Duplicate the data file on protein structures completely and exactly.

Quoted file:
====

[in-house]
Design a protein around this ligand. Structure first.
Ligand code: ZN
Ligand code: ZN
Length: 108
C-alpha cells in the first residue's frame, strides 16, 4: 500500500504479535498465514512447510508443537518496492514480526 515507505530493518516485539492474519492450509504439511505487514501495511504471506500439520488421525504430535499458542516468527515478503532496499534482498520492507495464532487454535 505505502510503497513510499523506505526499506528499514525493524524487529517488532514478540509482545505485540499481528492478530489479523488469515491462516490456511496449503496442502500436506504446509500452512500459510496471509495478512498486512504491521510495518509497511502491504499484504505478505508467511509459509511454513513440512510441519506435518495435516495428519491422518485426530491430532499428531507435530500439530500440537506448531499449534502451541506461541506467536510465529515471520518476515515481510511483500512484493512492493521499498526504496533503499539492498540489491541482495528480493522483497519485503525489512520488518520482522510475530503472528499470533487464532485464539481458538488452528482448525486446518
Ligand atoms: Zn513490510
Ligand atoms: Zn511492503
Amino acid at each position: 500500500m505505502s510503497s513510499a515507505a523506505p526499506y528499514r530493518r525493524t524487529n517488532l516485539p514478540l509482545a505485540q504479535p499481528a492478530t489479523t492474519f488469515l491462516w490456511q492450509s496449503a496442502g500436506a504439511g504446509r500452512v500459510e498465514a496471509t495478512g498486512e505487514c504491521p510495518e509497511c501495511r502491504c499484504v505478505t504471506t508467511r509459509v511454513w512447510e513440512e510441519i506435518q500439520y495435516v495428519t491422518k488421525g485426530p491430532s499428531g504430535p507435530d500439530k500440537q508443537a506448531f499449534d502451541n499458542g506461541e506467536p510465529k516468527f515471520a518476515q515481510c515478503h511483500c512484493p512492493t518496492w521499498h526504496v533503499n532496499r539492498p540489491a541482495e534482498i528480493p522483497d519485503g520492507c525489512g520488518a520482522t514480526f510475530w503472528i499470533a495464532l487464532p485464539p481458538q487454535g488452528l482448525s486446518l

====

[in-house]
Design a protein around this ligand. Structure first.
Ligand code: ZN
Ligand code: ZN
Length: 108
C-alpha cells in the first residue's frame, strides 16, 4: 500500500504479535498465514512447510508443537518496492514480526 515507505530493518516485539492474519492450509504439511505487514501495511504471506500439520488421525504430535499458542516468527515478503532496499534482498520492507495464532487454535 505505502510503497513510499523506505526499506528499514525493524524487529517488532514478540509482545505485540499481528492478530489479523488469515491462516490456511496449503496442502500436506504446509500452512500459510496471509495478512498486512504491521510495518509497511502491504499484504505478505508467511509459509511454513513440512510441519506435518495435516495428519491422518485426530491430532499428531507435530500439530500440537506448531499449534502451541506461541506467536510465529515471520518476515515481510511483500512484493512492493521499498526504496533503499539492498540489491541482495528480493522483497519485503525489512520488518520482522510475530503472528499470533487464532485464539481458538488452528482448525486446518
Ligand atoms: Zn513490510
Ligand atoms: Zn511492503
Amino acid at each position: 500500500m505505502s510503497s513510499a515507505a523506505p526499506y528499514r530493518r525493524t524487529n517488532l516485539p514478540l509482545a505485540q504479535p499481528a492478530t489479523t492474519f488469515l491462516w490456511q492450509s496449503a496442502g500436506a504439511g504446509r500452512v500459510e498465514a496471509t495478512g498486512e505487514c504491521p510495518e509497511c501495511r502491504c499484504v505478505t504471506t508467511r509459509v511454513w512447510e513440512e510441519i506435518q500439520y495435516v495428519t491422518k488421525g485426530p491430532s499428531g504430535p507435530d500439530k500440537q508443537a506448531f499449534d502451541n499458542g506461541e506467536p510465529k516468527f515471520a518476515q515481510c515478503h511483500c512484493p512492493t518496492w521499498h526504496v533503499n532496499r539492498p540489491a541482495e534482498i528480493p522483497d519485503g520492507c525489512g520488518a520482522t514480526f510475530w503472528i499470533a495464532l487464532p485464539p481458538q487454535g488452528l482448525s486446518l